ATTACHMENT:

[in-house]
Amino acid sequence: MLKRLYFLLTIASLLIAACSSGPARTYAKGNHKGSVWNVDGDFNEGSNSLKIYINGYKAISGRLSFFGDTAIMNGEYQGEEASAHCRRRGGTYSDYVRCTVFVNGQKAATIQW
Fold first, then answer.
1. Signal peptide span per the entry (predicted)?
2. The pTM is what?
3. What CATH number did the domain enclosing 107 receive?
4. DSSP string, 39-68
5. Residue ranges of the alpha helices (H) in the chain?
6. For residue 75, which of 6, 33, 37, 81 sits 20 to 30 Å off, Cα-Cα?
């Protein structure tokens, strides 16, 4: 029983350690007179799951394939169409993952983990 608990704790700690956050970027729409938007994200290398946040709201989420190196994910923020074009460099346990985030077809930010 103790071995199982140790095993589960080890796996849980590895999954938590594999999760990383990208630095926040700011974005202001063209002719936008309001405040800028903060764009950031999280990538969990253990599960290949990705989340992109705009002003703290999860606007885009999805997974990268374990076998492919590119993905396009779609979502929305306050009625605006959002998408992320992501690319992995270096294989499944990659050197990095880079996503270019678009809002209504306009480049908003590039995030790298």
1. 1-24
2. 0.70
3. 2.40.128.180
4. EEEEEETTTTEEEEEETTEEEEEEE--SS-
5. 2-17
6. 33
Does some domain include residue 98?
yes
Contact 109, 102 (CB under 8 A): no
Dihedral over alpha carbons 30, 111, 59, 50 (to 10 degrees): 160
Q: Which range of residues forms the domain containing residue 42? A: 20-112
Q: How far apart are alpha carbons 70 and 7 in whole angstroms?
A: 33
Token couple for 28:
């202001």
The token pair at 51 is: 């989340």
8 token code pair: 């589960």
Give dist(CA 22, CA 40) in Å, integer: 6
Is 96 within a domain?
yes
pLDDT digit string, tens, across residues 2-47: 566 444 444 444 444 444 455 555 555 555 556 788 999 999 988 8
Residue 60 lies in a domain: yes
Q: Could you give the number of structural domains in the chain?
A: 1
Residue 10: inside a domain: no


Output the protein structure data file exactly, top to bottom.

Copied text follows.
[in-house]
Amino acid sequence: MLKRLYFLLTIASLLIAACSSGPARTYAKGNHKGSVWNVDGDFNEGSNSLKIYINGYKAISGRLSFFGDTAIMNGEYQGEEASAHCRRRGGTYSDYVRCTVFVNGQKAATIQW
Fold first, then answer.
1. Signal peptide span per the entry (predicted)?
2. The pTM is what?
3. What CATH number did the domain enclosing 107 receive?
4. DSSP string, 39-68
5. Residue ranges of the alpha helices (H) in the chain?
6. For residue 75, which of 6, 33, 37, 81 sits 20 to 30 Å off, Cα-Cα?
């Protein structure tokens, strides 16, 4: 029983350690007179799951394939169409993952983990 608990704790700690956050970027729409938007994200290398946040709201989420190196994910923020074009460099346990985030077809930010 103790071995199982140790095993589960080890796996849980590895999954938590594999999760990383990208630095926040700011974005202001063209002719936008309001405040800028903060764009950031999280990538969990253990599960290949990705989340992109705009002003703290999860606007885009999805997974990268374990076998492919590119993905396009779609979502929305306050009625605006959002998408992320992501690319992995270096294989499944990659050197990095880079996503270019678009809002209504306009480049908003590039995030790298």
1. 1-24
2. 0.70
3. 2.40.128.180
4. EEEEEETTTTEEEEEETTEEEEEEE--SS-
5. 2-17
6. 33
Does some domain include residue 98?
yes
Contact 109, 102 (CB under 8 A): no
Dihedral over alpha carbons 30, 111, 59, 50 (to 10 degrees): 160
Q: Which range of residues forms the domain containing residue 42? A: 20-112
Q: How far apart are alpha carbons 70 and 7 in whole angstroms?
A: 33
Token couple for 28:
């202001």
The token pair at 51 is: 């989340």
8 token code pair: 């589960």
Give dist(CA 22, CA 40) in Å, integer: 6
Is 96 within a domain?
yes
pLDDT digit string, tens, across residues 2-47: 566 444 444 444 444 444 455 555 555 555 556 788 999 999 988 8
Residue 60 lies in a domain: yes
Q: Could you give the number of structural domains in the chain?
A: 1
Residue 10: inside a domain: no